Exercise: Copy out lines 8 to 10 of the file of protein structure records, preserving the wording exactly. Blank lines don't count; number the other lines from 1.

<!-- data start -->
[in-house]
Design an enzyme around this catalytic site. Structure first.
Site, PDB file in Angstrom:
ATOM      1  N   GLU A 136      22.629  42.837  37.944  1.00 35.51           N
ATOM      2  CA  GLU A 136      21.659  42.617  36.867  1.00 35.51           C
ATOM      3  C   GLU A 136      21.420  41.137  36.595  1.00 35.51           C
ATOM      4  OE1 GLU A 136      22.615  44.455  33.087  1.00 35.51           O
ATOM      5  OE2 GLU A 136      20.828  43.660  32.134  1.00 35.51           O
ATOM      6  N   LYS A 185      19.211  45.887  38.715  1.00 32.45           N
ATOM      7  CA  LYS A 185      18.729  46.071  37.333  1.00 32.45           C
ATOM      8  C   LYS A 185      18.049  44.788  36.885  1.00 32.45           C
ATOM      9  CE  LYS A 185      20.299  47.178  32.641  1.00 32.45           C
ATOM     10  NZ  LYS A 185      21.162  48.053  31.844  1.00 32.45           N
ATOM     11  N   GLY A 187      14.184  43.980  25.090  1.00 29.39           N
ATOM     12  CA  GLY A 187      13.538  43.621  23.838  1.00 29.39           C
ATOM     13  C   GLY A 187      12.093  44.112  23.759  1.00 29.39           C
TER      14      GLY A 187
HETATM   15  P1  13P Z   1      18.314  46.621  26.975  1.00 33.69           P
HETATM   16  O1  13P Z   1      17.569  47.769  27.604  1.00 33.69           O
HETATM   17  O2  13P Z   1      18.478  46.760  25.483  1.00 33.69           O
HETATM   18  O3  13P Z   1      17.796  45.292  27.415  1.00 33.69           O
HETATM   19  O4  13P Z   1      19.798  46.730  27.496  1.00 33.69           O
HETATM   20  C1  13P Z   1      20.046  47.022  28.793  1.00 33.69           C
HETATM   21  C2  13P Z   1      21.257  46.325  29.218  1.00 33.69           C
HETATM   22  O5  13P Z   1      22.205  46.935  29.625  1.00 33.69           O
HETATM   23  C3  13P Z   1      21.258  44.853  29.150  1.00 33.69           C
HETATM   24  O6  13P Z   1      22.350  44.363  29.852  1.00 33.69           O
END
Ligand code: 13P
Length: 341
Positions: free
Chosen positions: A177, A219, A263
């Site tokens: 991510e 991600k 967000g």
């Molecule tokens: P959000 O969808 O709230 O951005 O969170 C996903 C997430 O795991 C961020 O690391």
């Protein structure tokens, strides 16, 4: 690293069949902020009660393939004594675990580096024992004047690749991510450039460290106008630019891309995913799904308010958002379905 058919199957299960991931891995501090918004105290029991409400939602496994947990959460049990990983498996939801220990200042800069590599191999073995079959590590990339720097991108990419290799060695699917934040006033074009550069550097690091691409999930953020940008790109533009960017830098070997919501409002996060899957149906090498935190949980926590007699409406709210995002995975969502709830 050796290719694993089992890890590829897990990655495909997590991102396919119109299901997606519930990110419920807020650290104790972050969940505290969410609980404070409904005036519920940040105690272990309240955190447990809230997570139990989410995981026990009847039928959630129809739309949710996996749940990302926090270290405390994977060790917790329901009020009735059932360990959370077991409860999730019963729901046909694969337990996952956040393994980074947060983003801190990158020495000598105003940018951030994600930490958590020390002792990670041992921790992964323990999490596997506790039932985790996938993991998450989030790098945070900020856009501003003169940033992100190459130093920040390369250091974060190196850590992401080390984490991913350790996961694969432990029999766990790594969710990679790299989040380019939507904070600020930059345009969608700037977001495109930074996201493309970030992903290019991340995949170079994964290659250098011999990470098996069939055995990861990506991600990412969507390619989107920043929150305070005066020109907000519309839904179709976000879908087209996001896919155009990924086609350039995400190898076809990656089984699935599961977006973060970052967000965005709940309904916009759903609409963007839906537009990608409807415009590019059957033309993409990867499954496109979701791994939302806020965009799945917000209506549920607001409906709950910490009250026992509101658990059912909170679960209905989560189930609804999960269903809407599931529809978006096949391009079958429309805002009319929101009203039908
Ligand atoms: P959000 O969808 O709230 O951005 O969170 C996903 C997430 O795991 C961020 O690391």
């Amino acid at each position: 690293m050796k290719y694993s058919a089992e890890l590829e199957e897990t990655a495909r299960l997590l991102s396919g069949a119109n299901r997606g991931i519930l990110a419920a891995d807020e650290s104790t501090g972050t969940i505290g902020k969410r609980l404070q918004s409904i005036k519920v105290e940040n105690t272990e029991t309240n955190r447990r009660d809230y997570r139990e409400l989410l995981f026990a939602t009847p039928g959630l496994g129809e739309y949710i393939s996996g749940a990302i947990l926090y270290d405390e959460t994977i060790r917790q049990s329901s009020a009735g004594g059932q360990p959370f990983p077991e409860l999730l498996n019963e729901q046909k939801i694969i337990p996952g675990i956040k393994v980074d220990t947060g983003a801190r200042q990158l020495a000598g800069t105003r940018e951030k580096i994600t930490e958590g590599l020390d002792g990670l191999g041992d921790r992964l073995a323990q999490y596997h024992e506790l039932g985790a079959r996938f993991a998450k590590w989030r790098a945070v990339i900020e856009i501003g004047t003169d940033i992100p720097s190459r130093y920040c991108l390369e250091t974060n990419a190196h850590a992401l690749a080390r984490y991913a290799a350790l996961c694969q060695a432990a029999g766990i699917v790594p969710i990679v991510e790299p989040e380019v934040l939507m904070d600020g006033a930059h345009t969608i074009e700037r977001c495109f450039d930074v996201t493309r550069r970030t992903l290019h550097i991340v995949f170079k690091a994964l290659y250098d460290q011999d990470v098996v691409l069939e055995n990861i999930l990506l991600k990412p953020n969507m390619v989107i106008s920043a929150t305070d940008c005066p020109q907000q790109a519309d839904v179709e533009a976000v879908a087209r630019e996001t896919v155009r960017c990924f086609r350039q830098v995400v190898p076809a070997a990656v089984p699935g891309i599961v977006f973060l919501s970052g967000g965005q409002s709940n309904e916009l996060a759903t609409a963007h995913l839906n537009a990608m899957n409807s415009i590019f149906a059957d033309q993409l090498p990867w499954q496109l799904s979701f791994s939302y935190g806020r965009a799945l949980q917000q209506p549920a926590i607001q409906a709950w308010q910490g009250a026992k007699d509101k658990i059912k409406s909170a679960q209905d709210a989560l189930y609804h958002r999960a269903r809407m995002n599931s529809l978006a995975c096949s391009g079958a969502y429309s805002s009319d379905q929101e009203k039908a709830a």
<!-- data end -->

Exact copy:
ATOM      5  OE2 GLU A 136      20.828  43.660  32.134  1.00 35.51           O
ATOM      6  N   LYS A 185      19.211  45.887  38.715  1.00 32.45           N
ATOM      7  CA  LYS A 185      18.729  46.071  37.333  1.00 32.45           C